Reuters Soccer Blog
World Soccer views and news
People can and will talk about Frank Lampard’s wrongly-disallowed goal all day long but to concentrate on that would miss the much bigger problems that contributed to one of England’s worst-ever World Cup performances.
Claims that their players play too many games, suffer from not having a winter break and that the national team is hurt by the number of foreign players in key positions at the Premier League’s major clubs are all valid.
But the underlying issue is that England’s players, for all their superstar status at home, have rarely been good enough to challenge for a semi-final slot, let alone actually think about winning the World Cup. In this tournament they were undone by their inability to reproduce their club form as individuals or see the big picture as a team.
Coach Fabio Capello deserves his share of the blame, having promised to pick players on form but then going back on his word with spectacularly appalling results.
Both are English, both are midfielders, both are top performers in the Premier League, both can’t play together for England…. Sound familiar?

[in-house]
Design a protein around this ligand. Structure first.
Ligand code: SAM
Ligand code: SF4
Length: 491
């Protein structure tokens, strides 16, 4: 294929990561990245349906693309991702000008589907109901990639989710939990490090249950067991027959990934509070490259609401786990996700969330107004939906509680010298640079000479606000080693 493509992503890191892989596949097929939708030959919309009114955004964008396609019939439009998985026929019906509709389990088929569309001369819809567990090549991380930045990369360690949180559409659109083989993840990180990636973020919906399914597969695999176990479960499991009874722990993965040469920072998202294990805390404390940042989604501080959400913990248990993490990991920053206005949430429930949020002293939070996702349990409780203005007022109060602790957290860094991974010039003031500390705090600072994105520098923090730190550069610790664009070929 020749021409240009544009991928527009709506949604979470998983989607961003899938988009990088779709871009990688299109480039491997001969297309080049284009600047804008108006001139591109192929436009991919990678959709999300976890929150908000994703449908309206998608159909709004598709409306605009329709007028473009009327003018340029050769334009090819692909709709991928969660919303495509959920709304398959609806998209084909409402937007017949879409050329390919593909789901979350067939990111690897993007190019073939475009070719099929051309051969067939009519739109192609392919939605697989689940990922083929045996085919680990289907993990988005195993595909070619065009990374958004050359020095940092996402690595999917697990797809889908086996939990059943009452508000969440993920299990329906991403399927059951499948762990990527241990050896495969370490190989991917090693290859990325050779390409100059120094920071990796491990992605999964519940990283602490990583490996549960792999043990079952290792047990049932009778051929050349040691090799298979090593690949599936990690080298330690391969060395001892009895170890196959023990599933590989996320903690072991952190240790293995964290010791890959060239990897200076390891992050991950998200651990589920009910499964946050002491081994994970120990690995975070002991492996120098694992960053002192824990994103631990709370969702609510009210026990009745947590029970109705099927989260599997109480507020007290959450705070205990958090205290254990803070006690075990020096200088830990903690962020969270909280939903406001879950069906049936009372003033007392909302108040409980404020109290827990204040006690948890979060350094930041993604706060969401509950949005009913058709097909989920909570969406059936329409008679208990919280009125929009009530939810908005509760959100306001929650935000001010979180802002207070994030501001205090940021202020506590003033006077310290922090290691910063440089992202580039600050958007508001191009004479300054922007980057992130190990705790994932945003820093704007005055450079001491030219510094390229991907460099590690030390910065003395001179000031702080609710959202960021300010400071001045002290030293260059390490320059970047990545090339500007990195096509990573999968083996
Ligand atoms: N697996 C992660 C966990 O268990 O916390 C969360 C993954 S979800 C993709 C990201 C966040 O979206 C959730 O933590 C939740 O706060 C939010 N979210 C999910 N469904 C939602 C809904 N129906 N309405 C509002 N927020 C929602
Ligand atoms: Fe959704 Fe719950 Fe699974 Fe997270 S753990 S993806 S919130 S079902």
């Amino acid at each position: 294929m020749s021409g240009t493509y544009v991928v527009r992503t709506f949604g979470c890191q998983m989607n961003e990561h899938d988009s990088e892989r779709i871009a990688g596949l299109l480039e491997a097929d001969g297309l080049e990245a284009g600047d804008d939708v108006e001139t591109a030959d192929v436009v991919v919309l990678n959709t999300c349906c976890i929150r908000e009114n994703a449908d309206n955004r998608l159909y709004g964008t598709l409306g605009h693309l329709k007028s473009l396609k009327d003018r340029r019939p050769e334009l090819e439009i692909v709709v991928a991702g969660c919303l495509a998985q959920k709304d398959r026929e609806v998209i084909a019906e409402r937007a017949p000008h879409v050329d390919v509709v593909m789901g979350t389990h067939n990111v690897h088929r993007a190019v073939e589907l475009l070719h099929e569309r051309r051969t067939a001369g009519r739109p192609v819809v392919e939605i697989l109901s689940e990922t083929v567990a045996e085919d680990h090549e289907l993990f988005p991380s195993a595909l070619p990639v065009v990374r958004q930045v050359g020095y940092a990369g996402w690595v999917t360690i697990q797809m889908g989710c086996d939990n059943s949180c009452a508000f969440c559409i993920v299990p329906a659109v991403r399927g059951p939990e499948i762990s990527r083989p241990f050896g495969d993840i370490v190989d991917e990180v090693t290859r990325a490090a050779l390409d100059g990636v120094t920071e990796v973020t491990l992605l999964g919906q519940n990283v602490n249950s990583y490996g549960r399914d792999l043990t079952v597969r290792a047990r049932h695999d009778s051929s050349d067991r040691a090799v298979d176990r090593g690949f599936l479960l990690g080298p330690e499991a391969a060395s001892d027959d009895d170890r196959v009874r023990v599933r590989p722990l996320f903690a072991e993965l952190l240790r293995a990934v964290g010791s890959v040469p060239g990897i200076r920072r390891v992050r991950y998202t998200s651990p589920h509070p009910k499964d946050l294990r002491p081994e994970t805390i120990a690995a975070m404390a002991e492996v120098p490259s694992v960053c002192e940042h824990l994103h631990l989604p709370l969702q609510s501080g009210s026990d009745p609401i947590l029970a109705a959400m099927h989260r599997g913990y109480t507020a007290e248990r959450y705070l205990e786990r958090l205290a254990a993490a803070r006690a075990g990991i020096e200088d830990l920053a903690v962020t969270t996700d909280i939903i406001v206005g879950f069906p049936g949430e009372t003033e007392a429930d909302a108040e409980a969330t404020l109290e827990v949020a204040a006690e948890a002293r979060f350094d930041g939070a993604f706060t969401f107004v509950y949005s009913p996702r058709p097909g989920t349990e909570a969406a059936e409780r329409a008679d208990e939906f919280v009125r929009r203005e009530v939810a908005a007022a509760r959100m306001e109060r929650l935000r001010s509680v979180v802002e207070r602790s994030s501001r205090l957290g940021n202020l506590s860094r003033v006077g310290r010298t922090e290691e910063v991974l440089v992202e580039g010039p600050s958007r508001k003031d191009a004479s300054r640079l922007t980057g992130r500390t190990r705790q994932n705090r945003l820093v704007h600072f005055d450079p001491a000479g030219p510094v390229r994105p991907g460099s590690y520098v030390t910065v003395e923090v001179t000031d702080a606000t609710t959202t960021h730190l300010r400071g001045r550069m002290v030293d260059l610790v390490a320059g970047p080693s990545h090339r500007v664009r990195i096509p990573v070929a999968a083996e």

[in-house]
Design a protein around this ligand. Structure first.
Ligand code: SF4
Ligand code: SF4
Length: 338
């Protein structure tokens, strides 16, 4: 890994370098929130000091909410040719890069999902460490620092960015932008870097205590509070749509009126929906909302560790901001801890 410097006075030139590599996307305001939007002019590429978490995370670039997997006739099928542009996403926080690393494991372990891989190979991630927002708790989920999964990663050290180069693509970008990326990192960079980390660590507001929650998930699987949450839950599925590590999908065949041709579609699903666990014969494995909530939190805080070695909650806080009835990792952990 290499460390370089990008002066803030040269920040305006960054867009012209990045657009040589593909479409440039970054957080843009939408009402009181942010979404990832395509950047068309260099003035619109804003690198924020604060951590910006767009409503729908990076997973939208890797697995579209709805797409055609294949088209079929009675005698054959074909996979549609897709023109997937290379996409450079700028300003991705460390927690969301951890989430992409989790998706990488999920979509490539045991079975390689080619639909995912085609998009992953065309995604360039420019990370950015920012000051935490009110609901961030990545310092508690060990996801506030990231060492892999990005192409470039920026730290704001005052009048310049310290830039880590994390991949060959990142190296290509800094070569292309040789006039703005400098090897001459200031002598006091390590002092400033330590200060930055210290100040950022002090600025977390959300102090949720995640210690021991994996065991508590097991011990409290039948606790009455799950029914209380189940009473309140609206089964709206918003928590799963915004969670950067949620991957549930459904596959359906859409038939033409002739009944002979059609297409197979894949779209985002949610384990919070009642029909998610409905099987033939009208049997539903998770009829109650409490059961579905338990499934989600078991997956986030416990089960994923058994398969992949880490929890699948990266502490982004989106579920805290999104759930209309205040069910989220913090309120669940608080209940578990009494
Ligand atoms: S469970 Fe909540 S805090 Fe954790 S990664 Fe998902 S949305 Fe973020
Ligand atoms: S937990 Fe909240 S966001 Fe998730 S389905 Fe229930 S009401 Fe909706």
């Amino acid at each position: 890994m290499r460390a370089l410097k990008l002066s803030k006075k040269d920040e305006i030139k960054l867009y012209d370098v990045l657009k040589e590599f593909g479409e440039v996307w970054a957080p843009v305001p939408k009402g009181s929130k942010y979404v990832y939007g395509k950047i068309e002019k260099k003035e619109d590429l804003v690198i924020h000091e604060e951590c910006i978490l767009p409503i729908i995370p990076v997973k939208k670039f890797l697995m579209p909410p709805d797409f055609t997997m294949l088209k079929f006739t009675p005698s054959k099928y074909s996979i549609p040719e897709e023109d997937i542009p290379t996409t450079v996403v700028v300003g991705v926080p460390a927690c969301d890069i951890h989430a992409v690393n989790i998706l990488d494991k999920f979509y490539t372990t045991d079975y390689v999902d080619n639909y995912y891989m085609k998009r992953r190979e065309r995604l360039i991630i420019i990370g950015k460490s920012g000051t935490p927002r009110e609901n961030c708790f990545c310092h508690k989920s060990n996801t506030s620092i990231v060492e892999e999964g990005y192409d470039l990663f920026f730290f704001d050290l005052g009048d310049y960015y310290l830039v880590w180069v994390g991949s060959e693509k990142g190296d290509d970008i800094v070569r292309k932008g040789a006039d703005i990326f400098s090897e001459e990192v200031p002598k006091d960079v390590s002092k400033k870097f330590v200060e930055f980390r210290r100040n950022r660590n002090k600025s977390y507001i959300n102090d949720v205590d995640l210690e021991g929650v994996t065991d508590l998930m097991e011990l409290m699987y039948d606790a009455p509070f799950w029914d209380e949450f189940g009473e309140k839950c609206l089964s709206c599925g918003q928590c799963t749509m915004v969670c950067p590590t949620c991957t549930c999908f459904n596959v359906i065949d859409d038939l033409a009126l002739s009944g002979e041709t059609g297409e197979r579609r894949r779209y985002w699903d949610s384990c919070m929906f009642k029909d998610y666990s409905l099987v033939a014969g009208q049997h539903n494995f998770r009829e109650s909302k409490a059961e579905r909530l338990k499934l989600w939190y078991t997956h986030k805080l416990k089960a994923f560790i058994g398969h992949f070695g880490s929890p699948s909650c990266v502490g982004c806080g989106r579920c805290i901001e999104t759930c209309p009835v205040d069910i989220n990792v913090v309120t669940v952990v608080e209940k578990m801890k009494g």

The dilemma that seems a permanent thorn in any England manager’s side has reared its ugly head once more; how do you get Steven Gerrard and Frank Lampard to play well together.
Frank Lampard’s decision to sign a new contract with Chelsea and shun the advances of Inter Milan was hardly a surprise.
The midfielder made a wise choice if he based the decision on the previous experiences of English players in Italy.
Very few people believed the story that Samuel Eto’o was considering a move to Uzbekistan’s Kuruvchi.
All of sudden it turned out to be true with Barcelona’s Cameroon striker speaking at a news conference in the country’s capital. Despite mega money being thrown in his direction, Eto’o will probably not end up there but at least they got him to go out and talk. Even if it was just a publicity stunt, it worked.
Jose Mourinho, who hopes to sign Frank Lampard this week, sees winning trophies as just part of his job as the new coach of Inter Milan.
The former Chelsea and Porto boss also aims to help stuttering Serie A rule the roost like it did in the 1980s and 90s by serving up entertaining soccer and burying the troubled recent past.